By Jocelyn Pedersen
The Norman Transcript
NORMAN — School bells are ringing earlier in Noble, and despite early controversy, residents seem to be settling into the new routine.
Parents Jarrid and Stacy Matlock have two children in Noble Public Schools. Kensey attends fifth grade at Pioneer and Kaitlyn attends sixth grade at Curtis Inge. The earlier school start time required the Matlock family to shift work hours to accommodate dropping Kensey at 7:15 a.m. — the earliest allowable drop-off time at Pioneer — and sending Kaitlyn to a friend’s house at 7:30 a.m. Stacy Matlock says their youngest “isn’t a morning person, so it’s a struggle getting her up at 6 a.m.” After school, she rides the bus to a friend’s house until dad can pick her up after work.
“It’s been an inconvenience, but we’re lucky to have friends to help accommodate,” Matlock said. “I understand why the school did it. They were in a bad situation without enough bus drivers. It was unfortunate that the schools only gave one weeks’ notice so a lot of parents were scrambling to make arrangements.”
Despite the short-notice schedule change, Frank Solomon, high school principal and transportation director for Noble Public Schools, said there was little the district could do. With over 140-plus square miles to cover, the district simply couldn’t staff the bus routes. Solomon said a week before school started, they were still nine bus drivers short, so the district went to double routing, which meant they went from 28 to 20 routes. Some routes could only be run once due to length.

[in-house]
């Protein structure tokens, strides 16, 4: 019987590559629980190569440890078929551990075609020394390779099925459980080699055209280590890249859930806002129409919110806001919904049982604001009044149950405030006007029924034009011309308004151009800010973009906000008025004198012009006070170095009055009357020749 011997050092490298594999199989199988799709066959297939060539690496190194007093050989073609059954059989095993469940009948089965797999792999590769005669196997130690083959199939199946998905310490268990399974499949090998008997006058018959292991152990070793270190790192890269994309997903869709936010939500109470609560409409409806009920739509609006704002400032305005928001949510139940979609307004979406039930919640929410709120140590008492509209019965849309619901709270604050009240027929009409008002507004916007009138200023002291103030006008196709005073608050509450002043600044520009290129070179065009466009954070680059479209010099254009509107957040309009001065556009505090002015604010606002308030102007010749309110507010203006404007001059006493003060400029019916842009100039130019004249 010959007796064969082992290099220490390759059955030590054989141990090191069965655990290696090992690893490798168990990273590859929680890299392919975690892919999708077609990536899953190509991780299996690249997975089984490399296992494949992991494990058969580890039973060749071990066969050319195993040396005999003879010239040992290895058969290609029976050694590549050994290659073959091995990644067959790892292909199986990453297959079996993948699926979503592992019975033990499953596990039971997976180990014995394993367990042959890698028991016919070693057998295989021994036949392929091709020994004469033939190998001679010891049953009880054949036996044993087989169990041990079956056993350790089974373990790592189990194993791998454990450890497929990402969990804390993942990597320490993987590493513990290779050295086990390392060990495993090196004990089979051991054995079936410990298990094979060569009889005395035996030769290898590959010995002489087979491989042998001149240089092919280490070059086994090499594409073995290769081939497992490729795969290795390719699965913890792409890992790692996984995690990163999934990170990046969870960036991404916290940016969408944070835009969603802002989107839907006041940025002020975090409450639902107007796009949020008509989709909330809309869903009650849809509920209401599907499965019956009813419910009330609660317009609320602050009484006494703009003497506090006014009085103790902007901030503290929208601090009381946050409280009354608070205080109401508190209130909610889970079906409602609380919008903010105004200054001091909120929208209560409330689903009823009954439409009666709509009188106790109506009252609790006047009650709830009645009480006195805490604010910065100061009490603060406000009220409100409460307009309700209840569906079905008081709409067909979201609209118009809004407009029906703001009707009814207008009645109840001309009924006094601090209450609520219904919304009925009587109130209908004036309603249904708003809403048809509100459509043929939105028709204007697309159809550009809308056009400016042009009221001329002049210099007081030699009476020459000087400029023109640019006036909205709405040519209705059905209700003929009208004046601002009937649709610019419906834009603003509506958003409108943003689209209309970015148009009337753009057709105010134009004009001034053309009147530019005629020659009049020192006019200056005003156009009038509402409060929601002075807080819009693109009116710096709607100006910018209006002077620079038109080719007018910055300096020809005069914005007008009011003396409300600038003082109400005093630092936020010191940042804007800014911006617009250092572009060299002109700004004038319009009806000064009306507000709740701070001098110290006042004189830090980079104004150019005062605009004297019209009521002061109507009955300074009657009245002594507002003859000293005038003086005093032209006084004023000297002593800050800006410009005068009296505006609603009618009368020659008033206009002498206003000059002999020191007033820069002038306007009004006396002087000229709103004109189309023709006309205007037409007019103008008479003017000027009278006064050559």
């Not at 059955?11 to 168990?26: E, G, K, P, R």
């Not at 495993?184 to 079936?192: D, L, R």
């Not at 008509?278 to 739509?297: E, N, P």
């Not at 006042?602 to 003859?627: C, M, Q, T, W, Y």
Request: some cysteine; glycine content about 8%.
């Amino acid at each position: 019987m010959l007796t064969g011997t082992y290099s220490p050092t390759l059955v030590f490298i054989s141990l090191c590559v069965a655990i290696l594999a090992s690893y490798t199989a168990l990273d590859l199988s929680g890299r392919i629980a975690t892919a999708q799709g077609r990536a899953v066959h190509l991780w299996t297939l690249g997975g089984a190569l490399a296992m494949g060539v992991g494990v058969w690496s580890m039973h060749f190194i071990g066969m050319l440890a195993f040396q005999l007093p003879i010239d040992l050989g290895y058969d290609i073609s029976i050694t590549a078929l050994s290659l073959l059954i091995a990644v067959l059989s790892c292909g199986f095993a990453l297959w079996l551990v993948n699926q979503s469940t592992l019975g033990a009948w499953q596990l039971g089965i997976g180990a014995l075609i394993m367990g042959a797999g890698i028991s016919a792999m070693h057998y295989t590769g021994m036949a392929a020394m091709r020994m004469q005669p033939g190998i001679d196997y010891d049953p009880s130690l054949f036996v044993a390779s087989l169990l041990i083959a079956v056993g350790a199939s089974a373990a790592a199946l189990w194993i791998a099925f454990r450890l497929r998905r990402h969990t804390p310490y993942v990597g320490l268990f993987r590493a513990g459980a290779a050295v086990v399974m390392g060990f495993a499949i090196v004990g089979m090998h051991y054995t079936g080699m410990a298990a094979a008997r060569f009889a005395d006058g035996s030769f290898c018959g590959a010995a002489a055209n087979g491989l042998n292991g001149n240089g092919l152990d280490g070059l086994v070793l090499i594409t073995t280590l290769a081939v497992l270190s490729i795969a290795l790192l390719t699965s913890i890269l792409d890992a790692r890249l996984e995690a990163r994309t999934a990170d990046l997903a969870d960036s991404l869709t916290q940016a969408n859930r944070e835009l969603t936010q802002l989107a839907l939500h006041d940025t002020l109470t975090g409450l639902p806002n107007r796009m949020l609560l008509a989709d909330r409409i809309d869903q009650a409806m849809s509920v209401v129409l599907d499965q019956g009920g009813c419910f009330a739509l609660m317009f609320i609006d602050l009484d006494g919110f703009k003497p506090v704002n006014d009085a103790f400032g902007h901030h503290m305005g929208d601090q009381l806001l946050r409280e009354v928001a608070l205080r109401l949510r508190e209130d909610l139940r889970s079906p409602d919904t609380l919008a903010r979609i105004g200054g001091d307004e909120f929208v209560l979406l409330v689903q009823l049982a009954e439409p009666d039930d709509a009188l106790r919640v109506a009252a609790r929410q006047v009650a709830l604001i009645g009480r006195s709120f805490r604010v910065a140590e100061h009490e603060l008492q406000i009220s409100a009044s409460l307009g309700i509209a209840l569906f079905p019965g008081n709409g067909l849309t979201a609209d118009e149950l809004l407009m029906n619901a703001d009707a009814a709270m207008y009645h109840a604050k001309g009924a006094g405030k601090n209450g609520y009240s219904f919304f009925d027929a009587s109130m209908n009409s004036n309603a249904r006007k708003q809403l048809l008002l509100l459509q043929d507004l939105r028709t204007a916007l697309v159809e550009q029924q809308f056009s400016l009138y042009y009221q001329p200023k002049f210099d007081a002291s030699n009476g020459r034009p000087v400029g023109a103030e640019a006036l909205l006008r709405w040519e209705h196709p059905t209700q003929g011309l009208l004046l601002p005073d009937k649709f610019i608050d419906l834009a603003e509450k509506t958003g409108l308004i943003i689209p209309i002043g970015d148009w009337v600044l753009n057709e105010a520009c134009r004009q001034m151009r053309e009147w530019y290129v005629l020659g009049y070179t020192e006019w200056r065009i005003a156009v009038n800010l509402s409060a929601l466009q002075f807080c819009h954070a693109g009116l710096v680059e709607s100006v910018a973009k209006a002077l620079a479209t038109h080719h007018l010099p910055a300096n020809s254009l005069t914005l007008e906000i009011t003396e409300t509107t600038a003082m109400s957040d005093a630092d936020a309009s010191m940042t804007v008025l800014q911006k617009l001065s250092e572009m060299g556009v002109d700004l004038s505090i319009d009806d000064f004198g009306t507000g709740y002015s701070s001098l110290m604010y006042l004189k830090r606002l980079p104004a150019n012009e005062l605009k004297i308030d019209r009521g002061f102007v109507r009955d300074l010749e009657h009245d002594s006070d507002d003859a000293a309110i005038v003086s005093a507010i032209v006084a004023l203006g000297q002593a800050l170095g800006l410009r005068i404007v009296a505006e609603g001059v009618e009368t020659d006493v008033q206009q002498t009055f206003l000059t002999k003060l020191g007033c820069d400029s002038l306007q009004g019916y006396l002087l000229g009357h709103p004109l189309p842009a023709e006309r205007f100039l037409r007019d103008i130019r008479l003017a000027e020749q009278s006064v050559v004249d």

The James and Shannon Jones family has two sons, James, a freshman at Noble High, and Jett, and 8th grader at CIMS. Shannon Jones says with a chuckle that the biggest difference is, “we have to get out of bed.” Other than that, she said the change hasn’t really affected her family other than altering their morning departure time and route taken to avoid traffic, but when she looks out the window at 6:36 a.m. and sees a little kid walking to school (with an adult, she is careful to add), “it’s disheartening.” She wonders “Why not the little kids start later?”
This question seems to be on many minds, but the National Sleep Foundation’s website cites Wolfson and Carskadon as saying,“Teens are among those least likely to get enough sleep; while they need on average 9 1/4 hours of sleep per night for optimal performance, health and brain development, teens average fewer than seven hours per school night by the end of high school, and most report feeling tired during the day.”
Later school start times for teens is well supported and documented in research — a fact that Solomon cites as a reason for Noble having later school start times for teens.
“What do you do? What choices do you have? It’s better to adjust time slots than have kids waiting on the corner with no bus drivers,” Solomon said. With the change, he says, everybody gets to school on schedule.
But it’s not just morning schedules that have changed. For the bigger kids, Jones says sports practice doesn’t start until 4 p.m. or later and the students practice until 7 p.m. She says her highschooler has homework from every class, and later sports practice can make getting homework done a challenge.
Team practice is a consideration Matlock echoes. Her 6th grader plays volleyball and practice and games have shifted to later time slots.
“It was 8:30 p.m. when she had dinner,” Matlock said of her daughter’s recent schedule. “We send an extra meal or money with her so she can eat after school. It’s a situation that we’re all learning to accommodate. It’s becoming more and more of our regular routine. It was challenging the first week of school to make sure everyone was where they needed to be. We’re adjusting. Now we’re in school a couple of weeks we’re getting a better routine down.”
In the end, Solomon sums it up this way: “Any time you make a change, it’s difficult, but we’re getting there.”